November 26-30, Indonesia
Co-sponsor: Research Center for Aquaculture, Indonesia
Over the last three decades, technological advances in capture fisheries and aquaculture, globalization trends, and market and consumer demands have resulted in the continued growth in the production and trading of fish and fish products. Along with these trends, traceability has become a major concern of the fishery industries, especially as it became a legitimate requirement in international fish trade and, more recently, in the growth of fish retailing in food supermarket chains. Furthermore, as fisheries and aquaculture production becomes more market and consumer driven, the greatest pressure on traceability has been coming from the general public. People are getting more and more concerned on what they eat - whether the food comes from a sustainable source and produced through eco-friendly methods, and whether production, transportation, and storage conditions can guarantee food safety. This workshop aims to promote the adoption of suitable fish and fish products traceability system in Asia and harmonize standards and guidelines among trading countries.
January - December 2007, Philippines
Co-sponspors: Department of Agriculture (DA) - Caraga Region, Philippines; Northern Mindanao State Institute of Science and Technology (NORMISIST), Philippines; Manila Economic and Cultural Office (MECO); Rural Development Foundation (RDF), Taiwan ROC
Corn is the main source of livestock forage in the Philippines, and corn production is an important source of livelihood for many small-scale farmers in the country. About 60% of the Philippines' annual corn production is from Mindanao, and among this island's six main maize production areas, the Caraga Region has the least average yield production. The average yield of corn in Caraga is only 1.5MT/hectare. This low yield is attributed to the farmers' poor cultivation practices and lack of modern technology, as well as the use of inbred varieties. Therefore, there is an urgent need to extend modern cultivation techniques and introduce hybrid corn in order to raise the average yield and the farmers' interest to grow corn under this agricultural technical assistance program.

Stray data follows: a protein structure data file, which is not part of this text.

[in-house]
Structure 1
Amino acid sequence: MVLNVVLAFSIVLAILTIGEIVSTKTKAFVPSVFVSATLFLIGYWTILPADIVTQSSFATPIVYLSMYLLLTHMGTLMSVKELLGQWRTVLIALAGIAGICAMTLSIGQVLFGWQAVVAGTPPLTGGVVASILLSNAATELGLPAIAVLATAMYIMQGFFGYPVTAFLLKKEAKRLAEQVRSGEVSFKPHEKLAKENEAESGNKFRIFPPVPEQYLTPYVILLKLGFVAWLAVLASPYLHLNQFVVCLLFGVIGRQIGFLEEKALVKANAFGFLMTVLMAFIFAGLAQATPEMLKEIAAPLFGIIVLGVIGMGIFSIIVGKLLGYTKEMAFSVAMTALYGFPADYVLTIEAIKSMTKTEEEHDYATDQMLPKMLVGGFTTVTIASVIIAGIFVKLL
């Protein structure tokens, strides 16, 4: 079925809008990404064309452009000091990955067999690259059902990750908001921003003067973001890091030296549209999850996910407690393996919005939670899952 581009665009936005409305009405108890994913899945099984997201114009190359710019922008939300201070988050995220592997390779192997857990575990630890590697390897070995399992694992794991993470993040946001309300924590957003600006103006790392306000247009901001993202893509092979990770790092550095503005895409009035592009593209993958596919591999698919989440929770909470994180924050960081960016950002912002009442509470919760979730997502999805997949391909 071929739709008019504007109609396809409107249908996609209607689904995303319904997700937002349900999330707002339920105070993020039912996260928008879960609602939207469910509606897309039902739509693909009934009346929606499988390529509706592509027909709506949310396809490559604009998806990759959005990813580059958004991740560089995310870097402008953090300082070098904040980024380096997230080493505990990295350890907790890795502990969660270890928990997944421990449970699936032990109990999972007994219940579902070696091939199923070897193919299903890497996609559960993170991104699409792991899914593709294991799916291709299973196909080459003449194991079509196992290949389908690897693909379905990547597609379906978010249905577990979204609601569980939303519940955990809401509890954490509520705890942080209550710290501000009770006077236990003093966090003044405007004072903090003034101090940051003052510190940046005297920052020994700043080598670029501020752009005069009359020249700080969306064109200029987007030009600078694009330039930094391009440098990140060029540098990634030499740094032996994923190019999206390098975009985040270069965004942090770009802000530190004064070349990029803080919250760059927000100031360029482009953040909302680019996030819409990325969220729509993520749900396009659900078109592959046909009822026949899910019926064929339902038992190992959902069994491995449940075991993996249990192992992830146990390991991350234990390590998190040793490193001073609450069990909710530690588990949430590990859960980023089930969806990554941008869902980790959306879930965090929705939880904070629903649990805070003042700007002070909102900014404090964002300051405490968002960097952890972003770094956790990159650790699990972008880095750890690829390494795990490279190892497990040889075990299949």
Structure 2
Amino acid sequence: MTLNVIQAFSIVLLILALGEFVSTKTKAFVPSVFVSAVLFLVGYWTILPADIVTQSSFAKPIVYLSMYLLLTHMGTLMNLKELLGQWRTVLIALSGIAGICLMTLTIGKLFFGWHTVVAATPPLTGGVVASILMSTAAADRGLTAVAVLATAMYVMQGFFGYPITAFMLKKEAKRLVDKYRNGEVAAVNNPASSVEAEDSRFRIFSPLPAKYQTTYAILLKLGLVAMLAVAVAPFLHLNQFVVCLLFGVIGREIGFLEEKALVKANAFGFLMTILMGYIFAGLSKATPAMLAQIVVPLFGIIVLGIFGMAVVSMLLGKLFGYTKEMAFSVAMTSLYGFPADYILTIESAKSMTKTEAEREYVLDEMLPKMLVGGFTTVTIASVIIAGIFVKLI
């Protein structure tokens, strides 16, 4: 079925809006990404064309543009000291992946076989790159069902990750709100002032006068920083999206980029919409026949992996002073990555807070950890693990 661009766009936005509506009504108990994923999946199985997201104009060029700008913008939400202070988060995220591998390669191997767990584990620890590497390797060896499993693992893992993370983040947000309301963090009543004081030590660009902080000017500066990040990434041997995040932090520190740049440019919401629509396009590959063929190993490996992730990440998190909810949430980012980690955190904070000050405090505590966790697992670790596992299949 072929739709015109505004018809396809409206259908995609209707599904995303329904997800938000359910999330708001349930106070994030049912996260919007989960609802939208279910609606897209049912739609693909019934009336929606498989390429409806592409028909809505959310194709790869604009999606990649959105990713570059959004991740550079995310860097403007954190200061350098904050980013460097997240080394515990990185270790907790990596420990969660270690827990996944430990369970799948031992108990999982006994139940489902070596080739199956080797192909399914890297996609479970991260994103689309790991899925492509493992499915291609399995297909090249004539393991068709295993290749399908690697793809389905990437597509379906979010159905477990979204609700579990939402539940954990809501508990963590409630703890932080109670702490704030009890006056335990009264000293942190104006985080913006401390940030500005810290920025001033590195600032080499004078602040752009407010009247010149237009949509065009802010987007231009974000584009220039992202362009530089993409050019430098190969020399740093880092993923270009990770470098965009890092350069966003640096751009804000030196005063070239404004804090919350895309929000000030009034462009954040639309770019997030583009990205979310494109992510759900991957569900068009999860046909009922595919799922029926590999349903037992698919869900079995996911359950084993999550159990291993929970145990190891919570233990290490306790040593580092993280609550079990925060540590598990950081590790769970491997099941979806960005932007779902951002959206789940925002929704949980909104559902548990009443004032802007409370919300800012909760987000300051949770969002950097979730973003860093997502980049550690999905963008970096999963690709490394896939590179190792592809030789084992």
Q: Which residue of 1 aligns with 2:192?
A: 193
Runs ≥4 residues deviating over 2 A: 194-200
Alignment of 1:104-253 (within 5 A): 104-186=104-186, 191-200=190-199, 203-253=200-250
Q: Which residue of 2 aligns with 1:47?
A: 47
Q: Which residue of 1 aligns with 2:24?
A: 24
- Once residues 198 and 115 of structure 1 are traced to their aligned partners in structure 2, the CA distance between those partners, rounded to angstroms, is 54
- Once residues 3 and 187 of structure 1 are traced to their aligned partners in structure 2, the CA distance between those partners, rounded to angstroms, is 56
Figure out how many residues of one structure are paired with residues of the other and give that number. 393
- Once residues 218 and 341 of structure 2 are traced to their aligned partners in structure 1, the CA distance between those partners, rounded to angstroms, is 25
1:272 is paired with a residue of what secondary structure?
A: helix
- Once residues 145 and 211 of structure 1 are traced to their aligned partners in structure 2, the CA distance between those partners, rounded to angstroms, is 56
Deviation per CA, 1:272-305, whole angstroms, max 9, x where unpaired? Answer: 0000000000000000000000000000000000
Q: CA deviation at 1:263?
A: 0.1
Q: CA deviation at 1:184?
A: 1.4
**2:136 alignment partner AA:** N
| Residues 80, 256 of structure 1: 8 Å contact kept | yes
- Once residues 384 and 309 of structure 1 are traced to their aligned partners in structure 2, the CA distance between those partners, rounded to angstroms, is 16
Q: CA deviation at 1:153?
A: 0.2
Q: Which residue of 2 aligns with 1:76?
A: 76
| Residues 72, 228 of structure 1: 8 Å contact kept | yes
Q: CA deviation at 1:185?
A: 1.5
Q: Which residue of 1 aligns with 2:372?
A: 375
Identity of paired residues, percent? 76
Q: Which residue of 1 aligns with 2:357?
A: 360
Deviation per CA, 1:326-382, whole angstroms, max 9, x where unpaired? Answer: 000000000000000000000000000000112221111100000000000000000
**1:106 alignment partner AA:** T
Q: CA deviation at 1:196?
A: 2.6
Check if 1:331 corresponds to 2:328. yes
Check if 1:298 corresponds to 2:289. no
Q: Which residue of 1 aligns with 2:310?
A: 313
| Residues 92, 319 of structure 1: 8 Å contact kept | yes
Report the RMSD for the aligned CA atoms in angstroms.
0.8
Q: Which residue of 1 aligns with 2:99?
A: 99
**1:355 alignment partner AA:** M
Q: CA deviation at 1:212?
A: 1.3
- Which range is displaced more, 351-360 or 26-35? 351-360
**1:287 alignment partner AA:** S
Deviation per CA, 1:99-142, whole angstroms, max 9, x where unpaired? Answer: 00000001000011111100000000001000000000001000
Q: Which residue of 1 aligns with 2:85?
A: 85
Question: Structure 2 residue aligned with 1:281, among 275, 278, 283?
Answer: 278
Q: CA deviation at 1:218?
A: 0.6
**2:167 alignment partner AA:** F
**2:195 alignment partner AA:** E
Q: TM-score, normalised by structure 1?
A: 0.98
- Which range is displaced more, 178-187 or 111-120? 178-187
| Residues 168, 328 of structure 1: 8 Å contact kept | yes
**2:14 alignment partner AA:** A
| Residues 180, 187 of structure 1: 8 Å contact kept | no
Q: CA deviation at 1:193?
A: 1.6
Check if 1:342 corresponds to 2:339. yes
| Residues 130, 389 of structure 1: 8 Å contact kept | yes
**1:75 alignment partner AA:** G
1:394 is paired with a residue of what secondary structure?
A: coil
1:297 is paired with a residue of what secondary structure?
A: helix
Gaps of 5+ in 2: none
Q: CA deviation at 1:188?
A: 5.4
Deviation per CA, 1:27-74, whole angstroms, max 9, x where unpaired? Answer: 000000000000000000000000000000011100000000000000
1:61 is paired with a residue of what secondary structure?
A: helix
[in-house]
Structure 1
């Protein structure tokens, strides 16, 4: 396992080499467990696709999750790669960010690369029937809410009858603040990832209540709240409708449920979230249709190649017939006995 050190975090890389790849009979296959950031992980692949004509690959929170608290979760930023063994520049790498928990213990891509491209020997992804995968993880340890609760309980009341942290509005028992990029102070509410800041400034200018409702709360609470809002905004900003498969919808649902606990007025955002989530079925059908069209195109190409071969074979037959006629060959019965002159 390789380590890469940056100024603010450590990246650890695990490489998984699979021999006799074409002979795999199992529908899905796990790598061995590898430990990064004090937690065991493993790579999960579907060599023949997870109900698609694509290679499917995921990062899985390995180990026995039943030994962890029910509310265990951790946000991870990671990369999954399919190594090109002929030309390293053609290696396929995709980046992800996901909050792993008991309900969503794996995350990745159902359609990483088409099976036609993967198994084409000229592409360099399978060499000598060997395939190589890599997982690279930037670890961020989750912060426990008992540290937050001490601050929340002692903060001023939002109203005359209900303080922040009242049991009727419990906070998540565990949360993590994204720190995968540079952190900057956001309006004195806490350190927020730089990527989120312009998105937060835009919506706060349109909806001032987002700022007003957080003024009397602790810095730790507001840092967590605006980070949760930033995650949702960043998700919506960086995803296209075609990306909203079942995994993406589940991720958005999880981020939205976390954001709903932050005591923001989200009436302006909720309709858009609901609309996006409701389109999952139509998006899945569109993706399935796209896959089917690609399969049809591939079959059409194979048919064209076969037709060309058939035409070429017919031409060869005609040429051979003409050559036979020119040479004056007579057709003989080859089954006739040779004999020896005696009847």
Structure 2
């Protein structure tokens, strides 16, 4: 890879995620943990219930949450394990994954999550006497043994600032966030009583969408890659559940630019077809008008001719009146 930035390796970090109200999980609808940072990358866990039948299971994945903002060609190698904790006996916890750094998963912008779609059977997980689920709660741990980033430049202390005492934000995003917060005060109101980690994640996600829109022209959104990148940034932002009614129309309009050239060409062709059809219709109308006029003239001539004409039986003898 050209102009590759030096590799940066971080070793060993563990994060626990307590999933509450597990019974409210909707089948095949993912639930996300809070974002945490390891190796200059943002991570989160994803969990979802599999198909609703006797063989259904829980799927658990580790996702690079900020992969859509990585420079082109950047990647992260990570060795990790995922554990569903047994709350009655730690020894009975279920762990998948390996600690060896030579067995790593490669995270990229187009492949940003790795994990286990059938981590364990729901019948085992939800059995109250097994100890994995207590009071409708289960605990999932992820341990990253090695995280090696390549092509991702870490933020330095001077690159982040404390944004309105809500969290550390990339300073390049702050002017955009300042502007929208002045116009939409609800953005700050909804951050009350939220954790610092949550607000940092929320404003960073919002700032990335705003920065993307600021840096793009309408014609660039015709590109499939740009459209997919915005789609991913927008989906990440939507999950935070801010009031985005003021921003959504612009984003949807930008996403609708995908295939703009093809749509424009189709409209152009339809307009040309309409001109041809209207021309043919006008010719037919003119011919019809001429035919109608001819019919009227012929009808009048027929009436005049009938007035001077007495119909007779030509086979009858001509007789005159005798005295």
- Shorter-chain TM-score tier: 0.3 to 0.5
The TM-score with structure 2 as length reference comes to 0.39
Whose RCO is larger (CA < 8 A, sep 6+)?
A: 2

January - December 2007
Co-sponspors: Rural Development Foundation (RDF), Taiwan ROC; National Taiwan University (NTU)
Citrus systemic diseases of greening (HLB), and viruses such as citrus tristeza closterovirus (CTV), citrus tatter leaf cappilovirus (CTLV) and citrus exocortis viroid (CEVd), have been causing considerable damage to fruit yield and quality, and have become serious constraint for the citrus industry in the Asian and Pacific region in recent decades. These systemic serious diseases are effectively controlled by integrated measures of disease management such as: 1) establishment of virus-free citrus cultivar repository, which is primarily important in preventing prevalence of the diseases; 2) precise and rapid disease indexing techniques indispensable for management of pathogen-free (PF) nursery system through health certificate of PF seedlings; 3) establishment of shoot-tip micrografting technique for obtaining PF germplasm foundation; and 4) performance of health management for preventing reinfection of PF trees in the field through IPM of vector insects.
The above-mentioned integrated techniques have been well-developed and performed for the improvement and development of citrus industry in Taiwan. Also, Southeast Asian countries look forward to Taiwan's technological support to prevent growers losses due to the citrus greening and virus diseases.
April 2007-March 2008
Co-sponsors: National Institute of Fruit Tree Science (NIFTS), Japan; National Agricultural Research Center for Kyushu Okinawa Region (KONARC), Japan
In recent decades, citrus greening disease (Huanglongbing, HLB) has been devastating citrus orchards in the Asian and Pacific region, and giving destructive damage to the citrus industry in these areas. However, HLB disease is very difficult to identify because of its similarity to symptoms of such nutrient deficiencies as Zn and Fe; also, its pathogen, Diaphorina citri, cannot be cultivated on an artificial culture medium. In addition, there are no available effective agrochemicals to control this disease. In this regard, the earlier identification of the infection is made, the less damage is brought about. This special project aims to develop a rapid, less-costly and accurate detection technology of citrus greening pathogen (HLB) on would-be HLB infected citrus trees, in order to minimize HLB damages in major citrus production areas in the Asia and Pacific region.
Figure 1 2007 Work Program